GH: That sounds like a great deal, especially for people who do not have easy access to red beans or do not cook it themselves.

II: Moreover, we make our anko with a specialized machinery that is not available at home. We do not boil the adzuki (小豆, red beans) over a fire, but use big hōkin kama (砲金窯, gunmetal stove) where the beans are bathed in steam. This method helps preserve the taste, texture and color of the adzuki when transformed into anko. Each wagashiya has its trade secrets, so I guess this steaming method might be ours.

GH: What would you say are the most enjoyable parts of your job?

II: We really enjoy it when customers choose to eat our wagashi. Sweets are not strictly necessary to survive, they are more of a comfort food. So if someone wants to buy what we made, it means they like it and we really feel appreciated.

The process of improving and becoming able to make new types of wagashi is also very enjoyable.

GH: What would be your advice for a newcomer opening their wagashiya?

II: Consistency is very important when making sweets. If a batch contains some flaws, we have to dispose of it and remake it from scratch. We want to offer a quality product every single time, it is a matter of pride as well as respect towards the customer.

But running a wagashiya doesn’t mean only making sweets. Communication with the customers is also important. Especially in old neighborhoods like Shibamata, a lot of people come to chat. If the customer wants to talk, we have to be able to hold a conversation. In that respect, it is quite similar to running an izakaya.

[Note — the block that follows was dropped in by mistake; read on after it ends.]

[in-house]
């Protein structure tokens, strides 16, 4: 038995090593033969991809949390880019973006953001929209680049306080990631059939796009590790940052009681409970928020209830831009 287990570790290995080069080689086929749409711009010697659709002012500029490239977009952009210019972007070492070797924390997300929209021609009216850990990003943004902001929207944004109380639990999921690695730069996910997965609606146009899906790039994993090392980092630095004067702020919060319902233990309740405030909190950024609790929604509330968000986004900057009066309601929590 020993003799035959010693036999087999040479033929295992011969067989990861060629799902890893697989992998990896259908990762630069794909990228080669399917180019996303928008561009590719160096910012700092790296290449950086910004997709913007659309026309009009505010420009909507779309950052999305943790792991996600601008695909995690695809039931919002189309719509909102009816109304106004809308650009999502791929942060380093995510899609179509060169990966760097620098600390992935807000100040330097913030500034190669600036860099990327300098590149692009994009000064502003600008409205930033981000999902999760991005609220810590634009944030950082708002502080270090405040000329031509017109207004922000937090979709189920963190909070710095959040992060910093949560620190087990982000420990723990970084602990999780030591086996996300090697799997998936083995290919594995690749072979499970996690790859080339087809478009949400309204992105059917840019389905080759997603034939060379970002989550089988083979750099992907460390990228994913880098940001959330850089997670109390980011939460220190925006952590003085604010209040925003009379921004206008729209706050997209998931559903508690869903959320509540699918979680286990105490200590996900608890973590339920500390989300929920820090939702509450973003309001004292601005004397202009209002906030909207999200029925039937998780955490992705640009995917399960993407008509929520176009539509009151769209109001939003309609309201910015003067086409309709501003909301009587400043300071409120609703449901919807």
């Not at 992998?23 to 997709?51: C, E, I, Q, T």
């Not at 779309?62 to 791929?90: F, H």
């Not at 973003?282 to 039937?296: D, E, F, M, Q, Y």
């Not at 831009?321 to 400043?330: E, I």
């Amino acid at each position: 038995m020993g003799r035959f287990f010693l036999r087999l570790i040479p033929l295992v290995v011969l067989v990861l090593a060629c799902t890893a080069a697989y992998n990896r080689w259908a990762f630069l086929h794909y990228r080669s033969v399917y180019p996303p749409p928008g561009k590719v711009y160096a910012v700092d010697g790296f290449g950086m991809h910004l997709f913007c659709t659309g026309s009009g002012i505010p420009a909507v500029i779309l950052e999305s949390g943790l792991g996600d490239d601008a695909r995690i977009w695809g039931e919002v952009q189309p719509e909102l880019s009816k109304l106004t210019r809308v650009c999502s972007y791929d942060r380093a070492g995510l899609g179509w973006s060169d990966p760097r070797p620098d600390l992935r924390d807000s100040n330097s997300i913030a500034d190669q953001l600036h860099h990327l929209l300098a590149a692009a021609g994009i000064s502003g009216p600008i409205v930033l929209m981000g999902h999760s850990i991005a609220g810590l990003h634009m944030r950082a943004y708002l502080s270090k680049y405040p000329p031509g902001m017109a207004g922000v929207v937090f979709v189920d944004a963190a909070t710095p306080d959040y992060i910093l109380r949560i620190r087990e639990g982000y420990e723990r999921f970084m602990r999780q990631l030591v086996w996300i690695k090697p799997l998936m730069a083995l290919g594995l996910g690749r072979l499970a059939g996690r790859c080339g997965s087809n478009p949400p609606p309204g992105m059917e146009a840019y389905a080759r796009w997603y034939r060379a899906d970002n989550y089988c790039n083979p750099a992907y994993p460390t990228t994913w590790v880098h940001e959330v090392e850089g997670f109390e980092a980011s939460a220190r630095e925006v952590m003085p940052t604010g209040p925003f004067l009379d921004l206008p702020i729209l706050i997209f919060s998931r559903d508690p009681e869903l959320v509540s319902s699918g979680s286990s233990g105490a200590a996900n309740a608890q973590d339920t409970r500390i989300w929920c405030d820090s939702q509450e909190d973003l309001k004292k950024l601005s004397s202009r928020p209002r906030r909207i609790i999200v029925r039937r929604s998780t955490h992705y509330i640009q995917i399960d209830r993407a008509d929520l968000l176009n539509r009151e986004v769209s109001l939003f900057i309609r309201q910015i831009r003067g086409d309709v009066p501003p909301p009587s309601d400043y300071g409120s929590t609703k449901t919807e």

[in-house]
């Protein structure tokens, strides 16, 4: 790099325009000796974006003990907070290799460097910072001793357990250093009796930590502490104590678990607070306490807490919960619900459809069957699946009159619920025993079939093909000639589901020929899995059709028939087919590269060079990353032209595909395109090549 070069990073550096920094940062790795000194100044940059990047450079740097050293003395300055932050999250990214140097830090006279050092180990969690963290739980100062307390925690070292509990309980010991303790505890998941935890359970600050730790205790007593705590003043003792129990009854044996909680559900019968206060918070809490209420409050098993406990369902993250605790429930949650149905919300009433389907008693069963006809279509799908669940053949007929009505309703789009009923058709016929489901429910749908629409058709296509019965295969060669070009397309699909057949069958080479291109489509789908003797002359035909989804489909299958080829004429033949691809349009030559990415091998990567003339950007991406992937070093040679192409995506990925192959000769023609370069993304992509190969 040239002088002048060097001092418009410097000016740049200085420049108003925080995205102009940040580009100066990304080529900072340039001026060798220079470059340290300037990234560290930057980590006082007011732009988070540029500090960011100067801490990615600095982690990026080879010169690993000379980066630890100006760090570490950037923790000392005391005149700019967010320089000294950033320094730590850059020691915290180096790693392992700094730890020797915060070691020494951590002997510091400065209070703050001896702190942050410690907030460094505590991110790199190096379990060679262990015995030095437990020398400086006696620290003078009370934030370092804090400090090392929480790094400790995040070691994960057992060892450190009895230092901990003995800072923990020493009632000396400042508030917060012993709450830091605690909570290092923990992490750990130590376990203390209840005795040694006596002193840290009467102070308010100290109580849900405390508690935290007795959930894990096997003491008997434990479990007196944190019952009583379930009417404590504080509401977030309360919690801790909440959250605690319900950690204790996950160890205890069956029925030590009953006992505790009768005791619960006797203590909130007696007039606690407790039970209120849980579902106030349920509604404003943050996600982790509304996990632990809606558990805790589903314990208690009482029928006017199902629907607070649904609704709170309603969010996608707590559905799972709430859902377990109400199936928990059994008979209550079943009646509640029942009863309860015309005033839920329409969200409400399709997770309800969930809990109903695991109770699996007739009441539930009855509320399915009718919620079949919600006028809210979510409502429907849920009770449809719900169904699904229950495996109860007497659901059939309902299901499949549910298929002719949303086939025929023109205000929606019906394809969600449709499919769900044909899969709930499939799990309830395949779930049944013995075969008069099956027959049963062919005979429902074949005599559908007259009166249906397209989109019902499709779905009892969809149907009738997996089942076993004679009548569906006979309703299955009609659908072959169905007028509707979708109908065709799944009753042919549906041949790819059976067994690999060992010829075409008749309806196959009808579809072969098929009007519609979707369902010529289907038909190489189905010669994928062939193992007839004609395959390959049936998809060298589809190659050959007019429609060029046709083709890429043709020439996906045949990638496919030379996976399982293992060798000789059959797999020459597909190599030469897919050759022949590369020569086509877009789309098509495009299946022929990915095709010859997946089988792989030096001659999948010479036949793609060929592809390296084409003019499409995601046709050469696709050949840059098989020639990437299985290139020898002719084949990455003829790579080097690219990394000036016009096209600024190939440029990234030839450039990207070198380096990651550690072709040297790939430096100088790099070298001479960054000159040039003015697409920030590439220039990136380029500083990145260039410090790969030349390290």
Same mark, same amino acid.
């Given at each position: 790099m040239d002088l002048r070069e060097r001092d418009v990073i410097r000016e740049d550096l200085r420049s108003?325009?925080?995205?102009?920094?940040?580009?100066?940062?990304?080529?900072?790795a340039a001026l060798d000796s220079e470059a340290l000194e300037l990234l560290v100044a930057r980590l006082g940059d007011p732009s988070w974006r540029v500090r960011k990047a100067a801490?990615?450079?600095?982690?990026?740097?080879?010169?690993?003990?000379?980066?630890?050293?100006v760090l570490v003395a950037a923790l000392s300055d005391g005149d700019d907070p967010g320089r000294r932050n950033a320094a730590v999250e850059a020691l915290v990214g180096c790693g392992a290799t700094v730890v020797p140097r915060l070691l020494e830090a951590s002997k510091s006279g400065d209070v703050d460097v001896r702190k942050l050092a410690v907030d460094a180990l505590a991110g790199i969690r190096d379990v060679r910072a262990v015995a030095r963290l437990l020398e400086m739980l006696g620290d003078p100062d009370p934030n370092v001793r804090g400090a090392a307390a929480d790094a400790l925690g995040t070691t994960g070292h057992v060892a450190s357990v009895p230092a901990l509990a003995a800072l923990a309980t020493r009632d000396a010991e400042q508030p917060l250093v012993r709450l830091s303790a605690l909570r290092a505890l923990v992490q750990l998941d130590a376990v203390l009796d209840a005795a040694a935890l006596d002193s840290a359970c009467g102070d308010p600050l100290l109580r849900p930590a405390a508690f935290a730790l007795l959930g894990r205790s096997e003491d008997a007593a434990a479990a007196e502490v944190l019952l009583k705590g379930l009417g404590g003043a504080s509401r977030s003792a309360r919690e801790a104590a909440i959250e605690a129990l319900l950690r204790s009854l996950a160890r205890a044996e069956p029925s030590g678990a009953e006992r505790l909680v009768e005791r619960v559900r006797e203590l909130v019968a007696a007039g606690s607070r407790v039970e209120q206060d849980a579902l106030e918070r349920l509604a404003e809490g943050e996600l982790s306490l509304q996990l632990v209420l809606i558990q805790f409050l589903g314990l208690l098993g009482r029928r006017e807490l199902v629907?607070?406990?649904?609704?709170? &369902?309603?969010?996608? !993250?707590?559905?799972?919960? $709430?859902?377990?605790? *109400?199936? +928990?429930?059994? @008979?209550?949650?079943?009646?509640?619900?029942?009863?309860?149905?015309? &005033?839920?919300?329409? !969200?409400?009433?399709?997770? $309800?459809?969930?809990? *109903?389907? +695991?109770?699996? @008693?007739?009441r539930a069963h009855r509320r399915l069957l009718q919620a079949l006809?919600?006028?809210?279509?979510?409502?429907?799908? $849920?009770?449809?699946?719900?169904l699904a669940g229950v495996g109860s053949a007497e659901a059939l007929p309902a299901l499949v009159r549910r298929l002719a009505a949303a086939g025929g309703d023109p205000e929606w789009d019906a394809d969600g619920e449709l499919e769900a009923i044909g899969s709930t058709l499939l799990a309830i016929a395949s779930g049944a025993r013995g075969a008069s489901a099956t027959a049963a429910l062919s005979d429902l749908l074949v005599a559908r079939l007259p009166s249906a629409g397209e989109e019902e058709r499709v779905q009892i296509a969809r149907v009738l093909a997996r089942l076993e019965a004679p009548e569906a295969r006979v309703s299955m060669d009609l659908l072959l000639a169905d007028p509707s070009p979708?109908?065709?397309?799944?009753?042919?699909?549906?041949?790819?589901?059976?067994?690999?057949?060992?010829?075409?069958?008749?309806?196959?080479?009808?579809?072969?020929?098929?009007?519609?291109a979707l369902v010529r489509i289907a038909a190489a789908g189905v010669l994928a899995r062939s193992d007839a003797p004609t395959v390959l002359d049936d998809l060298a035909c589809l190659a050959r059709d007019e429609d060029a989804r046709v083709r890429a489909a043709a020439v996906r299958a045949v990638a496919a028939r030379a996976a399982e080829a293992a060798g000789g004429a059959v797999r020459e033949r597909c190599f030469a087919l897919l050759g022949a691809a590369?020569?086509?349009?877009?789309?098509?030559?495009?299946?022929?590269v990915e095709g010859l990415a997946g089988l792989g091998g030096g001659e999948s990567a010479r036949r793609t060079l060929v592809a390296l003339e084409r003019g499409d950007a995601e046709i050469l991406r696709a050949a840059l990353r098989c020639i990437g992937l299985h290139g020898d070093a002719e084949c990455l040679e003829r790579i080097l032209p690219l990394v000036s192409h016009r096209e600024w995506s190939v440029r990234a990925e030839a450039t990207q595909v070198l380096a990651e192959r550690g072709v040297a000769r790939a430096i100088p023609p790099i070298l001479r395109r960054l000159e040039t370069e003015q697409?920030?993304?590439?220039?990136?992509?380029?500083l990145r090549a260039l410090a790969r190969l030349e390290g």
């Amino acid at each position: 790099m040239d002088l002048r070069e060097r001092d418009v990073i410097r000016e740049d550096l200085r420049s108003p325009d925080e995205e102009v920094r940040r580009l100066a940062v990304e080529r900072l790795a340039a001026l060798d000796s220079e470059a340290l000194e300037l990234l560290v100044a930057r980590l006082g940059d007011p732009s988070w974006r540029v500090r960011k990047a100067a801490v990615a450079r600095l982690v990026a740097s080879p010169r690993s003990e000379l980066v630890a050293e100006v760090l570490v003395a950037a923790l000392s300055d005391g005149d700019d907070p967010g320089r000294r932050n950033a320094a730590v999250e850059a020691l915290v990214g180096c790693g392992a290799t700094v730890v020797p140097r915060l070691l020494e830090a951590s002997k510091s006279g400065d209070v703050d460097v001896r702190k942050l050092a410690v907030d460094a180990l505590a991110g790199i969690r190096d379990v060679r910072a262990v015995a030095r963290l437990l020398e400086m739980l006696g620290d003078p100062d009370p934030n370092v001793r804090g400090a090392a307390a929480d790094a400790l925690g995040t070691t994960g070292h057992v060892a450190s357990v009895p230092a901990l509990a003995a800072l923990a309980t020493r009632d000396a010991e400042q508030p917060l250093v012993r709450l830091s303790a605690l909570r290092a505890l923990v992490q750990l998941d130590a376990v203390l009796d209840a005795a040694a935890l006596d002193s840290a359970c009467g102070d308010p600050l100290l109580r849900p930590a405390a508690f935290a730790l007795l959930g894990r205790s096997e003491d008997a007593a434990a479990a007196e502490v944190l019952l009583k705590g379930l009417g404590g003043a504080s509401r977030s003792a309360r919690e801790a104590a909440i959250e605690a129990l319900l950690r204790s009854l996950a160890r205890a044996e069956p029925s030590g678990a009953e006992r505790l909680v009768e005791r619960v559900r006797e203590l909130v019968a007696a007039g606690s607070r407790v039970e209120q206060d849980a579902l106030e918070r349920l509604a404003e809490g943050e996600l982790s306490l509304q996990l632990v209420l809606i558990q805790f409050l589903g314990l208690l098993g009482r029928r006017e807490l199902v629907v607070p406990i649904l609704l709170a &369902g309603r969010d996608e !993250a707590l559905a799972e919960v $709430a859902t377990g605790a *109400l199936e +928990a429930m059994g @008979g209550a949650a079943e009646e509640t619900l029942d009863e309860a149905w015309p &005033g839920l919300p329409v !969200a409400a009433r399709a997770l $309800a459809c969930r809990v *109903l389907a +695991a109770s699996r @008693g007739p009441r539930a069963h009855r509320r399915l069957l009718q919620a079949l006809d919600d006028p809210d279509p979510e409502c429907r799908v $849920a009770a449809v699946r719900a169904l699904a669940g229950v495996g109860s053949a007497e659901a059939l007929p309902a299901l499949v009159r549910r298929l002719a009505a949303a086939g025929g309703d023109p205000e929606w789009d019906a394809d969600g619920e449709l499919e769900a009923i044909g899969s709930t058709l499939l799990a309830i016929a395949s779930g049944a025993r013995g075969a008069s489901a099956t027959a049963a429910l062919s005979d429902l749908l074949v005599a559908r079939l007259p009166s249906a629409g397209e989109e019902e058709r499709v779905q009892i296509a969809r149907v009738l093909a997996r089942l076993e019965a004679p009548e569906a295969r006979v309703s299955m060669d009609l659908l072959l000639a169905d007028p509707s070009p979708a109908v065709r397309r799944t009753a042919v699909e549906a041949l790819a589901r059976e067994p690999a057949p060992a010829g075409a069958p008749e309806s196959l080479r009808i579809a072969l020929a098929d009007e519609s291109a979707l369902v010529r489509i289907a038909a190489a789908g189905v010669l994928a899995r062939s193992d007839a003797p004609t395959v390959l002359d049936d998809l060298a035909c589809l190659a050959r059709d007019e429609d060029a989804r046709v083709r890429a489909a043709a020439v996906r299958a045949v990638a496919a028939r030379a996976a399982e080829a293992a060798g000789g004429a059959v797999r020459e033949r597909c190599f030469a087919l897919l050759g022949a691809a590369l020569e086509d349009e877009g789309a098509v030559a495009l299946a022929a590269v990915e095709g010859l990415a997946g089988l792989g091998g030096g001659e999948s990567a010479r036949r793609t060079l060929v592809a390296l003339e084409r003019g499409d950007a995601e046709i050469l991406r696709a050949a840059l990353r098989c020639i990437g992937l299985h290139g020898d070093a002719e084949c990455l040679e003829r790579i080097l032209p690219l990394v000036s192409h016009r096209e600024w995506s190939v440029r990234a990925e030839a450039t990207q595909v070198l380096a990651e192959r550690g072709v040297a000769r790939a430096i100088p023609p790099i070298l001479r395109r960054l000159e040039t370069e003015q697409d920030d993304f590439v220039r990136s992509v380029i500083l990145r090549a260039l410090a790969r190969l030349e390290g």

GH: Indeed, we heard the same thing from owners of old town izakaya.

II: In general, people look for idle chit-chat. A customer could be coming to me and ask me where I come from, and such. I have to hold the conversation while being aware of other customers. So for instance I would direct a new customer to another staff member while keeping the conversation with the first one.

GH: As expected, teamwork is important! How many staff members are working at Takagiya?

II: We have around 10 craftsmen preparing the wagashi, and 15 more staff members for sales.

GH: That is quite the team indeed! In closing, is there something you would like to share with our readers?

II: At Takagiya Rōho, we try to preserve the old ways while improving upon them, so when you are visiting our country, by all means please come to Shibamata to discover a slightly different Japan!

Takagiya Roho is located in the Katsushika ward of Tōkyō prefecture:

7 Chome-7-4 Shibamata, Katsushika City, Tokyo 125-0052

The closest train station is Shibamata station (Keisei-Kanamachi line)

Gochisō sama deshita!